February 2011

February is National Pet Dental Month, which makes it a great time to check up on your pets’ teeth, especially if it’s been a while or you haven’t done it in the past. Problems in their mouth can lead to serious health problems in the future. Fortunately, these can be prevented with some good old-fashioned dental care, like regular dental exams and tooth brushing.


The Ins and Outs of Dental Health


Food and plaque can build up on your pets’ teeth, much like your own.

If it lingers there, it can cause bad breath, gingivitis, receding gums, loss of teeth, damage to the tongue and palate, and oral infections. Some of these problems can make it hard for your pets to chew and eat, and they can cause more complications down the road.

To help avoid these issues, bring your pets to the veterinarian at least once a year for a dental exam. The veterinarian will examine your pet's mouth inside and out, and may perform a professional cleaning. This can include anesthesia, X-rays, and ultrasonic teeth scaling. The cost of the exam can vary depending on the health of your pet’s teeth and gums. Our Level 4 coverage includes a yearly dental exam and cleaning.


5 Tips to Keep Your Pets Smiling

Here are some at-home suggestions for monitoring your pets’ dental health in between veterinary visits from our friends at the ASPCA.®

  1. The sniff test. Take a whiff of your cat’s or dog’s breath. It probably won’t smell fresh and lovely, but it shouldn’t smell foul or offensive, either. If you cringe at the scent, you should visit your veterinarian to make sure your pet isn’t suffering from digestive issues or gum disease.

  2. Get a good look. Pets may hide pain and discomfort, so it’s important to check their mouths regularly. Face your pet towards you, and gently lift his or her lips. Look around for inflammation, discoloration, ulcers, or loose teeth. If you see something that doesn’t look right, contact your veterinarian.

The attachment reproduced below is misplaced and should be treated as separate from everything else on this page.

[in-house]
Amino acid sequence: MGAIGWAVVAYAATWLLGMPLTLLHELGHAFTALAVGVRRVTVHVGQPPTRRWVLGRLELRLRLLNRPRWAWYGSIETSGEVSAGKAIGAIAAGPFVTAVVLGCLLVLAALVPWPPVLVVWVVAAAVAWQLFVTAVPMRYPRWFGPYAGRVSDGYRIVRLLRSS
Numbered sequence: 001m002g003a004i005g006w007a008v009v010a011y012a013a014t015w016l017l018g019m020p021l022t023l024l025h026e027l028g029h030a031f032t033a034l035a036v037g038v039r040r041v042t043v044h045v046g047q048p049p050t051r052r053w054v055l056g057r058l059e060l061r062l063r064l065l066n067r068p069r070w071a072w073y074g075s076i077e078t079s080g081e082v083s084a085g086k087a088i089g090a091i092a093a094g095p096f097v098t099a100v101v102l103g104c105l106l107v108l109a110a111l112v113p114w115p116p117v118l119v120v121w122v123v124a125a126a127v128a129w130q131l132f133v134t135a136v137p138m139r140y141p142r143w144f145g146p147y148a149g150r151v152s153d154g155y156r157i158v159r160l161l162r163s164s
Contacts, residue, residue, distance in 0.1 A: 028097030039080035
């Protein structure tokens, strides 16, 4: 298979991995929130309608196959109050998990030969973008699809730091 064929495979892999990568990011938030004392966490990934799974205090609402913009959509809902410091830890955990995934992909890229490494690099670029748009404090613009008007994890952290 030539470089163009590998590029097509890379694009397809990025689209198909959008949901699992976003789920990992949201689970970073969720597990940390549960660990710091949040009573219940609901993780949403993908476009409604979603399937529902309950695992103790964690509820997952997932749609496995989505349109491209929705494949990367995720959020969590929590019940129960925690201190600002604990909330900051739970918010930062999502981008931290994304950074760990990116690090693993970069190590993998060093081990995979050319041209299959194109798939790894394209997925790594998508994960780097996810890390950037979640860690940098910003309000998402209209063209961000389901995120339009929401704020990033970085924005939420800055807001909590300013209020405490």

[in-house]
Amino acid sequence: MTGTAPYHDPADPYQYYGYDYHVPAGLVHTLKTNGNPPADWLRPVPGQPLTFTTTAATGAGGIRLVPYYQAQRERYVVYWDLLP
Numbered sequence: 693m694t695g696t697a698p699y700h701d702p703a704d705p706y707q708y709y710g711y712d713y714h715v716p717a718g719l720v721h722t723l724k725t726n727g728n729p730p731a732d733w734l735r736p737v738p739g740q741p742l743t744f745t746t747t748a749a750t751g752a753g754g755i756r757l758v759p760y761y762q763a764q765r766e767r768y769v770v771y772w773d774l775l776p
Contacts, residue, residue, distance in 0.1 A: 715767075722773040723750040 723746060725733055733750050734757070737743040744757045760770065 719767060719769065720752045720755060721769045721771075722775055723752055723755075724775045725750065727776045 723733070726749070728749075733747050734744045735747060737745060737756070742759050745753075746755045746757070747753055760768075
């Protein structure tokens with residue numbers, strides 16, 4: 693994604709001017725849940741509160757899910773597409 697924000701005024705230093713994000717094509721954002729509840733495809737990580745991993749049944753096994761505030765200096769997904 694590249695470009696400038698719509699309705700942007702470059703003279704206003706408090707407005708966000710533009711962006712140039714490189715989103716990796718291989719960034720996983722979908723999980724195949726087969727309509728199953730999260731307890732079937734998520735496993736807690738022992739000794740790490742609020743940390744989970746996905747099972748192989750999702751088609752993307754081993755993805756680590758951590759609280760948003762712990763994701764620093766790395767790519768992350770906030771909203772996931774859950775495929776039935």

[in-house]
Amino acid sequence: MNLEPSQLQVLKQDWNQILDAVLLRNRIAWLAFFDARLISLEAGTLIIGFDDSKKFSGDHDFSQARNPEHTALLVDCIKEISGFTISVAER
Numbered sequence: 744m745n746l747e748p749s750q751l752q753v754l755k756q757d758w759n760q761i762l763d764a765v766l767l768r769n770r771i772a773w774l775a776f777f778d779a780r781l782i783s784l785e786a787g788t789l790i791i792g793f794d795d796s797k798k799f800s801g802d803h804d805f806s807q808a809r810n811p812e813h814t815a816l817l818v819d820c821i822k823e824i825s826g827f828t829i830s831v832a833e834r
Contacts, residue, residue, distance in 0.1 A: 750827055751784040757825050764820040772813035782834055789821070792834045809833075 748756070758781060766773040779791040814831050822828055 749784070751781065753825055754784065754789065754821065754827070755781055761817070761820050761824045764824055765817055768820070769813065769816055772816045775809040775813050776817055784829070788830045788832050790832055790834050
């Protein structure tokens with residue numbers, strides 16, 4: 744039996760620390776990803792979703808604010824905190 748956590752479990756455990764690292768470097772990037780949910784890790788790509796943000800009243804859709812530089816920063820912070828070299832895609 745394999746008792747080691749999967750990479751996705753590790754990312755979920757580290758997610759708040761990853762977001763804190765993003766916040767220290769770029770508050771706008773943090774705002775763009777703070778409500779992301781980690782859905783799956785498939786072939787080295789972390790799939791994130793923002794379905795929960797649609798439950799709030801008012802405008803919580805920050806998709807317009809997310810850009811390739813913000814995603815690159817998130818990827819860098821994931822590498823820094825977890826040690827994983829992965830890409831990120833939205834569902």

3. Brush regularly. Brushing your pets’ teeth on an ongoing basis may sound like a daunting task, but it’s an inexpensive way to avoid potentially serious health problems in the future. Read our tips below to help make brushing a little easier on both of you.

  4. Check their diet. The food your pets eat can impact dental health. Crunchy pet food or a combination of dry and wet food can keep their mouths cleaner than soft food, which tends to stick more. Ask your veterinarian to recommend a pet food that’s good for teeth.

  5. Offer chew toys. Pet toys made for chewing can perform double duty by satisfying your pets’ natural urge to chomp and by promoting dental health. Chewing massages the gums and can remove soft tartar. But be careful not to let your pets gnaw on hard toys that can injure their mouth or fracture teeth.


Pet Dental Fact


The American Veterinary Medical Association (AVMA) estimates that more than 80% percent of dogs and 70% of cats have oral disease by the time they’re 3. *


Brush Those Pearly Whites

The ASPCA recommends you brush your pets’ teeth ideally once a day or at least several times a week. These pointers can help you get started.

  • Introduce your pet to the idea slowly. Start by simply massaging the gums gently with your finger or a cotton swab.

  • After a few massages, let your pet taste the toothpaste by dabbing it on the lips. Use toothpaste made for cats or dogs, since people paste can be harmful to pets.